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    Mar 3 2013: i think this issue is actually about the presentation of authenticity. It is nigh on impossible to portray authenticity given that a lot of people (not young children - as they are more open to believing most things at face value) are very media savvy and understand that most advertising is fake or a polished veneer that employs various 'tricks' to present a brand or image to be associated with a company.
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    Gail .

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    Mar 3 2013: Well, it could, I think, but it would have to be fully honest, which would put the business at risk, which would interfere with authenticity in the name of profits.
  • Mar 3 2013: Aren't these the peoople who will set the frame? How does advertising differ from propaganda?
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      Mar 4 2013: great question :) but authenticity is about being transparent and companies don't need advertising or marketing to achieve this goal. the problem is that most companies cannot be completely transparent because making financial information public for instance is not in their advantage (especially when their competitors aren't doing it)
  • Mar 5 2013: I think that is why small businesses exist and are often what keep afloat regional authentic economies!
  • Mar 4 2013: I think loyalty to company and product by both employees and customers may be one measure. It might true employee buy-in to the mission statement of the company, somehow feeling that their contributions are appropriately recognized and rewarded, but ultimately lead to providing a product or service that is both worth doing and worth the price. A lack of authenticity would lead to a hollowness about the work experience, focus on something other than the product, and remove the popular belief that there was something unique and different about what was either being made or bought.
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    Mar 3 2013: Business by definition creates authenticity or no one would buy their products or services. The metric is sales.
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      Mar 4 2013: i'm not sure i understand how that works. we buy most products and services because we need them. sometimes, we choose between similar products or services because they seem authentic, but that is only marketing most of the time.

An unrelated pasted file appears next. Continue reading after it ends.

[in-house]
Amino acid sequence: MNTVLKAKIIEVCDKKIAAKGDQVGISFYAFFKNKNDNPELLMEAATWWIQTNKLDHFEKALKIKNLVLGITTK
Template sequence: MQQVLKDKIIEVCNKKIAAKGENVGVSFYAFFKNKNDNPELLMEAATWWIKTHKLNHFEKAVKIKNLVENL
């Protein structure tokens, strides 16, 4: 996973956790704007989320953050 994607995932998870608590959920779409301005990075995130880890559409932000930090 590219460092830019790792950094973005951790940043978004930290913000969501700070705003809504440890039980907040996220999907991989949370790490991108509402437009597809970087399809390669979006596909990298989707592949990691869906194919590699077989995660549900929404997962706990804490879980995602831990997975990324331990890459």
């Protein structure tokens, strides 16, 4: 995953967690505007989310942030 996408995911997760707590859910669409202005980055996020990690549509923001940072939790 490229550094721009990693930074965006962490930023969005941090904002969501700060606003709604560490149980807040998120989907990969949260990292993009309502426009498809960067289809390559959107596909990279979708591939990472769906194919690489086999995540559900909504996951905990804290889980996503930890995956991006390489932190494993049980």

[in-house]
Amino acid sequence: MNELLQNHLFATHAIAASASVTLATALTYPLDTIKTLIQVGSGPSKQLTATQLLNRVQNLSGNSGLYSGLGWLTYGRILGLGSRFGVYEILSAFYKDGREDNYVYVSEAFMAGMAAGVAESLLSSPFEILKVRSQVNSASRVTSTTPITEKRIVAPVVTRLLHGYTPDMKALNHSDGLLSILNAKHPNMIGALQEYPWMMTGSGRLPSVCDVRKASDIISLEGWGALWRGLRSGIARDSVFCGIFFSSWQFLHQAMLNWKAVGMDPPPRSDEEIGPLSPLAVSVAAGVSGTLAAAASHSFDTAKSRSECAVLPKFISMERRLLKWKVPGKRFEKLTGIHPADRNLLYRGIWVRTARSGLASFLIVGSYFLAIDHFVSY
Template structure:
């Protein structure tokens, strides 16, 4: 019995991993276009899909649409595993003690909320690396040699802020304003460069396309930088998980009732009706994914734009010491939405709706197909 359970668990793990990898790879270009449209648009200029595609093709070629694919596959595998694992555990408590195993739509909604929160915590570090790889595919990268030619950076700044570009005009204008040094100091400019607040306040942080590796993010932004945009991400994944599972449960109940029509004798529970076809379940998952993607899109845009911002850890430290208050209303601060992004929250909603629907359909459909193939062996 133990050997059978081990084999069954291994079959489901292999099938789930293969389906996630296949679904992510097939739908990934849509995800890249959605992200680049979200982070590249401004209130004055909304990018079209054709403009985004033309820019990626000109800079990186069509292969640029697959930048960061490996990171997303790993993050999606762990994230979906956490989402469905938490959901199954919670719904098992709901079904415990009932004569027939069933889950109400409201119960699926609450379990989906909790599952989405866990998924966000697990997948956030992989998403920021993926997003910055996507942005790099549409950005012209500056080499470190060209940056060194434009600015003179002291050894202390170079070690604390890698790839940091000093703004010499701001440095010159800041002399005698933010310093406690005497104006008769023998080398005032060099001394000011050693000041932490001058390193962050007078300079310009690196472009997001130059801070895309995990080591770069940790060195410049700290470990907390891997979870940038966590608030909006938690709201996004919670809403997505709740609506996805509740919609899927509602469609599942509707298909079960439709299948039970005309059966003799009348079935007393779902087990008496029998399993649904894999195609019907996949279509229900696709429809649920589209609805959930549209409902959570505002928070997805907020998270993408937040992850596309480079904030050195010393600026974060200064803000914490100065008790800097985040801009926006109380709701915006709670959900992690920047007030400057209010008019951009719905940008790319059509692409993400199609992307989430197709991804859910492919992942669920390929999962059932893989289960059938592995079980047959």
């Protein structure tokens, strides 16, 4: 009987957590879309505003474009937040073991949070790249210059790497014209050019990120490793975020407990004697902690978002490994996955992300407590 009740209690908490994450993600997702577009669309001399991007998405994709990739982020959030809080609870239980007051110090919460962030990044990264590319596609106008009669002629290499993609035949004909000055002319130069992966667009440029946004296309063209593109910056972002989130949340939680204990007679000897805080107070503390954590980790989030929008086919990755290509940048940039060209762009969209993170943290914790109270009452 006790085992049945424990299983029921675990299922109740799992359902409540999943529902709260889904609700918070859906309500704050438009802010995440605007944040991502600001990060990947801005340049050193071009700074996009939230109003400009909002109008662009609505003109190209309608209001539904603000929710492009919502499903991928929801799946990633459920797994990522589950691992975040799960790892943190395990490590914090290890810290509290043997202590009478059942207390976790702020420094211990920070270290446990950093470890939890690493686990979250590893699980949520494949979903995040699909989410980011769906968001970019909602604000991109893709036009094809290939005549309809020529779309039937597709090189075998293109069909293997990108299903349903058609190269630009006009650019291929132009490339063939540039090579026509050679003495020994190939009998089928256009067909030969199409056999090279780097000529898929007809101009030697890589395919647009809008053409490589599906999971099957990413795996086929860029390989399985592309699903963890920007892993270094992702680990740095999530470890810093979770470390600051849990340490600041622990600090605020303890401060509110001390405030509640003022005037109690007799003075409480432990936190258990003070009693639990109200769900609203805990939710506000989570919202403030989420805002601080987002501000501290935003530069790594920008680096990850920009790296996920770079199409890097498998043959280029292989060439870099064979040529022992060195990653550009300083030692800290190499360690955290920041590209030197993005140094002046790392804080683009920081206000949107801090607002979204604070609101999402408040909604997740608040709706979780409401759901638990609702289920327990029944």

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        Mar 4 2013: You are talking about trust. If you do not deliver a fair exchange and prove yourself authentic people will not trust you.
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          Mar 5 2013: how important is trust to you when you make buying decisions? would you drive 20 miles to buy from a store you trust? what about a new store or service provider? you can't trust them because they're new.

          my point is that trust is important, but there are other reasons why people decide to buy or do business with companies, like proximity, price, etc.
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        Mar 5 2013: It depends on the purchase, but certainly they will go considerably out of their way for someone they trust. Restaurants for instance go to great lengths to be consistent and earn the customers trust. Walmart goes to great lengths to be the absolute cheapest in order to earn their customers trust.

        In my opinion and decades of business experience the value of trust cannot be over stated.

        Anyway that is about all I have to say about that.
  • Mar 3 2013: Of course.There is a saying from our places:Good wine wouldn't worry selling in deep lane.hehehehh..I translated it's chinese into english.Lol,can you understand what it means?:)
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    Mar 3 2013: I think business can establish links to authenticity but need to pay prices for doing so since its so much easier and more profitable of not doing so.